Discussing dynamics in the local scene, Heinlein is refreshingly candid. He laments the lack of music-centric venues in town, which often leads to audiences not being charged at the door, which he’s not a fan of: “Having a cover is like having an unspoken social contract—you paid to see the music,” he says. “The music means more.” Heinlein is also discouraged by the dysfunction and infighting at many local organizations that purportedly exist to promote Kansas City jazz. “They all do one little specific thing—it’s like getting pecked to death by ducks,” he says.

On the other hand, you can make a relatively comfortable living as a jazz musician in KC without going on the road. “There are a ton of really good musicians moving here, so we are doing something right,” Heinlein says.

Many of those musicians released albums last year. Logan Richardson made one, Boogaloo 7 made one, Peter Schlamb made one. Making Movies submitted theirs for a Grammy, as did Blair Bryant, Julian Vaughn, and Marcus Lewis. Producer Justin Wilson submitted saxophonist Stephen Martin’s album for consideration.

“I remember thinking about Bill Brownlee’s Best Of list [for the blog Plastic Sax], like, Man, I’m OK with the fact we have the fifth or sixth best record of the year,” Heinlein says. “Just because there were a ton of great records.”

Everyday, Forever was actually third on that list. It’s The Project H’s fourth album, and on it the band mustered a fusion of styles, largely jazz-based, that are laced with prog-driven grooves. Heinlein plays trombone, and is joined by Brett Jackson (woodwinds), Nate Nall (trumpet), Matt Leifer (drums), Andrew Oullette (keys), Andrew Stinson (bass), and Adam Schlozman (guitar), plus a few other guests, including a string quartet.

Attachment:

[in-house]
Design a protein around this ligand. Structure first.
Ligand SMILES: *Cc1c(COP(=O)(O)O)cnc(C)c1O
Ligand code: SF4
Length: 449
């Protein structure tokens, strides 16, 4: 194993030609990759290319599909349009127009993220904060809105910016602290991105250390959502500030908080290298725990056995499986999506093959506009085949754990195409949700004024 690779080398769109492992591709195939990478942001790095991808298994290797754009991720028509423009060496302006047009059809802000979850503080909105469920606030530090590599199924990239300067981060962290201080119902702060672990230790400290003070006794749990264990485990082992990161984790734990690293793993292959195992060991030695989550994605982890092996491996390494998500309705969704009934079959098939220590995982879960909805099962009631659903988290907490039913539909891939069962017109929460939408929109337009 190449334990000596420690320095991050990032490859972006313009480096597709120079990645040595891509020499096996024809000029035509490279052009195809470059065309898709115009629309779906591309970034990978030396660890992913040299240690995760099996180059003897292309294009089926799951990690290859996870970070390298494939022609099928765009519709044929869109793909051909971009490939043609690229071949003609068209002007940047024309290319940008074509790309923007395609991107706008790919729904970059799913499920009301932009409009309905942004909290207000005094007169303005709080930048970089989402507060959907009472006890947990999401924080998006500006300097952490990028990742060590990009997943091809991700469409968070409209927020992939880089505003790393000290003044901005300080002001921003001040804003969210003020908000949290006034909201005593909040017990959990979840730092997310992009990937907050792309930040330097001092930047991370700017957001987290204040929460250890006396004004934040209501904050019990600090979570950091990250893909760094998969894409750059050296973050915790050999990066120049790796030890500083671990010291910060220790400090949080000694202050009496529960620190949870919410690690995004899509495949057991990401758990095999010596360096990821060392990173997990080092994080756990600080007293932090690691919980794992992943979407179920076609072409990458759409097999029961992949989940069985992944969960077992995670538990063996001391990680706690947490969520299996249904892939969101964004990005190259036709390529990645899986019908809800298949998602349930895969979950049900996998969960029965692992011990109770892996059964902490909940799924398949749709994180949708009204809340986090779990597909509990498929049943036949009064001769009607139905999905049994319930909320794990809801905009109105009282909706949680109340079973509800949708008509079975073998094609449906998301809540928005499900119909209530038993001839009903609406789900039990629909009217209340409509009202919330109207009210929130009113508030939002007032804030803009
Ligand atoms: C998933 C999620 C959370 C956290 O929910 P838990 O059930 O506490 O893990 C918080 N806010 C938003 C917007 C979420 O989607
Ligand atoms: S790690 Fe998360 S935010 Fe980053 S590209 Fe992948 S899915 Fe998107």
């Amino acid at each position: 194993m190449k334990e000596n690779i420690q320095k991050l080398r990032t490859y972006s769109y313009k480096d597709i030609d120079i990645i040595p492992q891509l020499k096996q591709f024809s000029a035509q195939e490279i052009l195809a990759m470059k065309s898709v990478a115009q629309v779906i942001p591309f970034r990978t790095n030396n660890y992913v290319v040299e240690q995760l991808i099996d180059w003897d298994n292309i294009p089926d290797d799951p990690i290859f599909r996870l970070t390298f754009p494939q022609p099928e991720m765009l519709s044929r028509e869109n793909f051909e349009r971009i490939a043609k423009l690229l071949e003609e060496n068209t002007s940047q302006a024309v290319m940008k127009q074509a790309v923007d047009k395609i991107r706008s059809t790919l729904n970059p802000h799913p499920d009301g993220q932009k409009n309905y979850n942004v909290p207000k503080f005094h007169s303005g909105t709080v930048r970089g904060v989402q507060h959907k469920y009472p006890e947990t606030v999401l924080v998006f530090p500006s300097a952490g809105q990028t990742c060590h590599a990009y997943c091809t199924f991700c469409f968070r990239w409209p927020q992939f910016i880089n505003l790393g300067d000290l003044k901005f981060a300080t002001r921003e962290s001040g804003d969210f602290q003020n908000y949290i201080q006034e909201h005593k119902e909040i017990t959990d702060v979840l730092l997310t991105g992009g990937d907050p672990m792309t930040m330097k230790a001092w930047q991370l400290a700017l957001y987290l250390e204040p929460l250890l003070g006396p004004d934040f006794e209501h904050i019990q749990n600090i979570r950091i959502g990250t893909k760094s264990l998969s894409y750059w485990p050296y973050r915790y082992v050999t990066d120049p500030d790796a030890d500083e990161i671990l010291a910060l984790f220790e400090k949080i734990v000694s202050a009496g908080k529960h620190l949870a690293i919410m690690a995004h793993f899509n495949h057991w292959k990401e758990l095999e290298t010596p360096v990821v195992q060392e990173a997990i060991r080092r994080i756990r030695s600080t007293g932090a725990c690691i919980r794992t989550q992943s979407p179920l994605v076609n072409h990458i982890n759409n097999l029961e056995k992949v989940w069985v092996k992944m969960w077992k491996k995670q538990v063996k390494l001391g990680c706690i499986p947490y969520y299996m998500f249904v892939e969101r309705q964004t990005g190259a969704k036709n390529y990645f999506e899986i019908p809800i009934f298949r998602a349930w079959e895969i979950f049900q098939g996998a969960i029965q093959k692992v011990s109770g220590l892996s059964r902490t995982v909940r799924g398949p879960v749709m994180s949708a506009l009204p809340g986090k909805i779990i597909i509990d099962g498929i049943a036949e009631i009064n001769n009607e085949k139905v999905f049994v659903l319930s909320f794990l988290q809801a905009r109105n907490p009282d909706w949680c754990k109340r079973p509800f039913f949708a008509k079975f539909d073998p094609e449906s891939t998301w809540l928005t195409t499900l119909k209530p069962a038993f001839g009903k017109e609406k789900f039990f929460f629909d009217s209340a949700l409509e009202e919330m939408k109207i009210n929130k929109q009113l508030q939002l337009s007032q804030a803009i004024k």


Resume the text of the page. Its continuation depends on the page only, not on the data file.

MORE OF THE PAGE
Ironically, this homegrown album was written in Florida, on an Escape to Create grant. Heinlein had intended to do a big-band album with strings. But everything he was coming up with just sounded like Project H, so he embraced it. He says he was inspired by sounds like Maurice Ravel’s string quartet, the string sections on Motown albums, and the 2013 collaboration between Norwegian group Jaga Jazzist and England’s Britten Sinfonia.

The album hit #7 on the iTunes Jazz Charts when it was released in March 2018 and was cheered by the local jazz community. But an upcoming show at RecordBar, on November 17, will be the first time the band has performed the record in full with the string section. (The Project H doesn’t play as often as it once did—usually just every other month or so. “I’m in a spot where I’d rather hang with my kids,” Heinlein admits.)

Heinlein has also been hard at work on a different kind of publishing: He released his first book this past summer. Called Timing is Everything, it teaches improvisation based on swing rhythms.

“There’s plenty of creativity in teaching and pedagogical thought,” Heinlein says. He adds that it might be another year before The Project H makes it back into the studio; he’s still kicking around some ideas for another book.

In the meantime, the Grammy grind looms. Voting for next year’s awards just opened, and Heinlein’s inbox is filling up with “For Your Consideration” requests. Decisions, decisions.

The Project H with Strings

Sunday, November 17, at 7 p.m.

RecordBar, 1520 Grand


Categories: Music